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Fennel - Other Names, Past and Present
Greek (ancient): marathon / marathos
Chinese: xiao hui xiang
Arabic: sanuf / bari-sanuf
French: fenouil / fenouil amer / fenouil sauvage / fenouil commun
Italian: carosella / feniculum / finocchio
Spanish: carosella (pronounced: kah-roh-sell-yah)
English (Old / Middle): fenel / fenyl / finule
English: fennel / common fennel / garden fennel / large fennel / wild fennel / sweet fennel / torch plant
Latin (esoteric): feniculum / ferula / foeniculum
Latin (scientific nomenclature): Foeniculum vulgare / Foeniculum officinale (other nomenclatures exist, depending on varietal and species)
Background and History
Fennel is a relatively ancient herb with history and usage that dates back to the time of the Ancient Greeks. Initially called marathos or marathon (from whence our modern term 'marathon', literally 'a field of fennel', is derived) it was originally employed as no more than a ceremonial herb, either burnt or infused for ritualistic purposes. Later on, the Greeks made use of its aromatic nature and employed it for medicinal purposes until they also found it fitting for culinary purposes. Today, the use of fennel chiefly belongs to the culinary range of things, although its use is somewhat limited only to selected varieties of cuisine, usually with a 'regional' flavor redolent of Mediterranean (and some branches of Continental) cuisine. Outside of the realm of cuisine, some species of fennel may also be employed chiefly as ornamental or garden-variety plants mostly due to its unique foliage and (after a time) aromatic nature. Fennel may be grown in herb gardens for one's personal pharmacopoeia, ensuring a regular fresh supply for either medicinal or culinary uses, or they may be grown for no more than ornamental purposes.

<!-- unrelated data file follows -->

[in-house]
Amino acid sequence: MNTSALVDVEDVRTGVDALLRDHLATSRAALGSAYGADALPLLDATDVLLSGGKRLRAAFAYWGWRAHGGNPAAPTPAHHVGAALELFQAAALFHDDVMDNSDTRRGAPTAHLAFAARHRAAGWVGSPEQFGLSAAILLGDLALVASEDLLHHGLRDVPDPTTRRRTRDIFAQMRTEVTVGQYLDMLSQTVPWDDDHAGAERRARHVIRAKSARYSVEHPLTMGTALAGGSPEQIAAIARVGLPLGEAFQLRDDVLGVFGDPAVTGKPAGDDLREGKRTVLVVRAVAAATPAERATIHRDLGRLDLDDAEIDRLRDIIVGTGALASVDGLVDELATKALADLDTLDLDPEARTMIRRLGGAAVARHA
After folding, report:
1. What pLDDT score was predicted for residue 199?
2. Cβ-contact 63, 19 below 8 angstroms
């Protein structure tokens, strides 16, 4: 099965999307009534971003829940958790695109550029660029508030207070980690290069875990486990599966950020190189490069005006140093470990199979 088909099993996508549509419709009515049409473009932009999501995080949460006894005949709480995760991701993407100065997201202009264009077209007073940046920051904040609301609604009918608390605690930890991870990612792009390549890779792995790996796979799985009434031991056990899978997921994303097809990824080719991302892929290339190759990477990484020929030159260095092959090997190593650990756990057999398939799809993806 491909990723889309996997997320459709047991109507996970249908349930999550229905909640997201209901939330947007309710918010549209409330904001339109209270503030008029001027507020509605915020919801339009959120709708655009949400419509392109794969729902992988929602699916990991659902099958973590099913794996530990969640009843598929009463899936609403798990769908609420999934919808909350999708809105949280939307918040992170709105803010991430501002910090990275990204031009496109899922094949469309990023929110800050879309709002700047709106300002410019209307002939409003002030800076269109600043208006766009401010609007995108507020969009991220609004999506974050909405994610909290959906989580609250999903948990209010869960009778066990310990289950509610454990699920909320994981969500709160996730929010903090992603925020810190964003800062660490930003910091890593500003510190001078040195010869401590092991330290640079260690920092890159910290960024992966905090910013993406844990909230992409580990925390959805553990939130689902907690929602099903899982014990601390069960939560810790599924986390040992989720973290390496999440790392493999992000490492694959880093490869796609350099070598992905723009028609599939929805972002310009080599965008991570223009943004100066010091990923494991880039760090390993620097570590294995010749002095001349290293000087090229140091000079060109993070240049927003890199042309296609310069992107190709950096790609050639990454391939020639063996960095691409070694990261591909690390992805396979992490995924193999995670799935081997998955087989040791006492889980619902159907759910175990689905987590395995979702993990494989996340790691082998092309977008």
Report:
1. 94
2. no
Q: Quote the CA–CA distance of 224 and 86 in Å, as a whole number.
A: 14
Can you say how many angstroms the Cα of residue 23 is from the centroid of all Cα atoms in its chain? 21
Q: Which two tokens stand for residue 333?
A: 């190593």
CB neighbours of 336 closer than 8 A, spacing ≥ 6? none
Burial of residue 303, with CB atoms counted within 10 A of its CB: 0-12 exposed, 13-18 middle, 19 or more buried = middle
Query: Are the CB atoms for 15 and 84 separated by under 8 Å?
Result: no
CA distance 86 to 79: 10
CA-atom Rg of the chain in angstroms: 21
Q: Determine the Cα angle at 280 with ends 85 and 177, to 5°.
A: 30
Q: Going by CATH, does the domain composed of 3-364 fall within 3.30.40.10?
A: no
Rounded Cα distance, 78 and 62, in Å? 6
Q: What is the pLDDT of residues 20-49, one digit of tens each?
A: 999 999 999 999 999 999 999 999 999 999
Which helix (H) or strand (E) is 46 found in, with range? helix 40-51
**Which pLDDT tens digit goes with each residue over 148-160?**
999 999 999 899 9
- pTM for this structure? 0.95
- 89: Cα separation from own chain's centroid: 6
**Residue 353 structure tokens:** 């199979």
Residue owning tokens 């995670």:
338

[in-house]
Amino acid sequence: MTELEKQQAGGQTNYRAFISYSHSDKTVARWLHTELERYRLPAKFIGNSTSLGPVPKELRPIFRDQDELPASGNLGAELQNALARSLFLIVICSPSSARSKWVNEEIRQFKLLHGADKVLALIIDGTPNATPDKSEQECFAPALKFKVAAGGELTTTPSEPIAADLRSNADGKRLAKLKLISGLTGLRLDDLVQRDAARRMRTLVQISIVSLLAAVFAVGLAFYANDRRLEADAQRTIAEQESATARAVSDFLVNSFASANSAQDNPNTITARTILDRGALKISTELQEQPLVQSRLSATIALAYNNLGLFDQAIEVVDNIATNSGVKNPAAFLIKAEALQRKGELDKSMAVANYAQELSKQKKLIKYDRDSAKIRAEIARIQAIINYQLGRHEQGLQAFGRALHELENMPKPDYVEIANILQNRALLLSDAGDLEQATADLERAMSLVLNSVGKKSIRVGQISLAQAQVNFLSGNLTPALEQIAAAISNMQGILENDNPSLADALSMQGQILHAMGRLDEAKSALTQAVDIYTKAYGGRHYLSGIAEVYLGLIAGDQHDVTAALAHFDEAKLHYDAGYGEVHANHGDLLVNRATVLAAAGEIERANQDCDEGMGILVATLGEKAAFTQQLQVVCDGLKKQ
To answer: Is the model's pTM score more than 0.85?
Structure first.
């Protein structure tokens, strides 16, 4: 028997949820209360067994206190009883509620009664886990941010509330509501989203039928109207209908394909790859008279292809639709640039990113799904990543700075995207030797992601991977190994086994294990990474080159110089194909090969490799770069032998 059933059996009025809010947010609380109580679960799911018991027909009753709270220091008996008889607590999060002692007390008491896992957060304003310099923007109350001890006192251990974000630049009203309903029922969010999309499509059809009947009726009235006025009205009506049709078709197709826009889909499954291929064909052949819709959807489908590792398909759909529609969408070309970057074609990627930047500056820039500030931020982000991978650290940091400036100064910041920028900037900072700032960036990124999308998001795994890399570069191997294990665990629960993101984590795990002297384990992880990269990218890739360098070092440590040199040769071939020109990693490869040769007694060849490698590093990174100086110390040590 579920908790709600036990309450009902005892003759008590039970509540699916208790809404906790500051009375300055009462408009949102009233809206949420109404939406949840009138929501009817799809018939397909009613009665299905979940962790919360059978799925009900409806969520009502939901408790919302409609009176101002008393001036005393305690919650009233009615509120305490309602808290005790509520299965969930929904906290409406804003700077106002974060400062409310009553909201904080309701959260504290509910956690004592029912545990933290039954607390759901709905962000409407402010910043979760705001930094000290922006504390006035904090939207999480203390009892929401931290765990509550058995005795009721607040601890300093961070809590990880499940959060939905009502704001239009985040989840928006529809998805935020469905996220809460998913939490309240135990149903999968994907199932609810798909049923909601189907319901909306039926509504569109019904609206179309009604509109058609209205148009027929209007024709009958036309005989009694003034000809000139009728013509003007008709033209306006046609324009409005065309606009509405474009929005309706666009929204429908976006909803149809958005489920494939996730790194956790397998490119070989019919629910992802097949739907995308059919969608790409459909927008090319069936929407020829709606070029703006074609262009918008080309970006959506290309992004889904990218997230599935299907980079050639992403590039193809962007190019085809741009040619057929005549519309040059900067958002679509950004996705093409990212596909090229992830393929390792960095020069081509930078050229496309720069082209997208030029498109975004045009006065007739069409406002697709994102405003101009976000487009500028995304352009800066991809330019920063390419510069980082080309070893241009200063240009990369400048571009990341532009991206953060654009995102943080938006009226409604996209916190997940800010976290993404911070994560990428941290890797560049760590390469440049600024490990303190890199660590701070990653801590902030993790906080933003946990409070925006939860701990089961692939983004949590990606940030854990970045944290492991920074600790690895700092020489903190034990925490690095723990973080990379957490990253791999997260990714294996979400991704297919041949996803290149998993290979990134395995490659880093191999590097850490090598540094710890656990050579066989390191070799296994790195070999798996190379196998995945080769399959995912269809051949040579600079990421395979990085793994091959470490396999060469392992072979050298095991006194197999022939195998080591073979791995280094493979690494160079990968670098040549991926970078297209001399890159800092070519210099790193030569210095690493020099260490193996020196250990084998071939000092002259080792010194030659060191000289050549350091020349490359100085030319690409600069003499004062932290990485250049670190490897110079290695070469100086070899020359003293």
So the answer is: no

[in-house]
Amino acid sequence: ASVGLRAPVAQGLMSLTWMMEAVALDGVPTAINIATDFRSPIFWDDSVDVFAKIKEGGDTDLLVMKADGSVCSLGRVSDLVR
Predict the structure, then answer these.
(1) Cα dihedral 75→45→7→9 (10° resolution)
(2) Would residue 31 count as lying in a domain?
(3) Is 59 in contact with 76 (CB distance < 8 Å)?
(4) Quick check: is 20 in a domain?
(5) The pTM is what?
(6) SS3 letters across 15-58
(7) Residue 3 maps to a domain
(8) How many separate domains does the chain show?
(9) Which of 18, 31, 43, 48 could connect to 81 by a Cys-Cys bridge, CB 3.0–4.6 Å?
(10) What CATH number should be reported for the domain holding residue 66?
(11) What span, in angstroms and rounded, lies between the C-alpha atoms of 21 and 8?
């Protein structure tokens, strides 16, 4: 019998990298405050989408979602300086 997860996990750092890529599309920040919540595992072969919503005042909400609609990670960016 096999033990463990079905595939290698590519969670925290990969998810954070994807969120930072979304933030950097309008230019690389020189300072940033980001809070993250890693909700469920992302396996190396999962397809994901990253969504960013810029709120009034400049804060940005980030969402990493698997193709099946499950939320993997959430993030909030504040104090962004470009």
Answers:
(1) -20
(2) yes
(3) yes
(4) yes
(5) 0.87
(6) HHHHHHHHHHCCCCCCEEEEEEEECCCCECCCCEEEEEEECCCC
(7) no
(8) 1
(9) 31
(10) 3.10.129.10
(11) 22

Left to grow on its own devices, fennel typically flourishes in moist to semi-moist soils that receive generous to moderate amounts of indirect (and in some cases, direct) sunlight. Fennel is a relatively allpervasive herb that possesses a distinct hardiness, making its flourishing in ideal areas quite fast and easy, while its growth in un-ideal areas displays a subtle tolerance with minor chances of minor flourishing. When left to ideal environments in the wild or in a semi-domesticated state, fennel has a tendency to grow into 'fields' or patches of a myriad of selfsame plants all closely interlinked to one another (as was and still is its wont since ancient times) with mature species resembling a veritable grassland of the singular plant.  Fennel is typically characterised by its grass-like or hay-like appearance (hence it's esoteric name of "feniculum" being a diminutive of the Latin word "fenum", literally translating to "hay") and commonly grows to up to some forty centimeters in length. Fennel is typified not only by its "hay-like" growth pattern, but by its considerably "compact" features, among them it's long, yet delicate threadlike (filiform) leaves which resemble very thin, almost semi-translucent filaments (at only 0.5mm in width), as well as its delicate yellow-hued efflorescence which grows in a cluster-like mass comprised of some 50 flowers at the most. The plant is also notable for its tiny, darkcoloured seed-like fruits which possess distinct grooves upon its outer skin. 
While fennel is typically employed in its dry form, it was initially more popularly employed (both medicinally and culinary) in its fresh state regardless of the constituent parts used. Fennel is among the few herbs which can be employed as a vegetable, a spice, or an herb depending upon the constituent parts and any (if any) subsequent preparation employed prior to its usage and thus is considered extremely versatile. When employed medicinally, each constituent part of the plant has specific medicinal benefits and purposes, although the as a whole, is typically consumed more as a vegetable than a mere complimentary herb.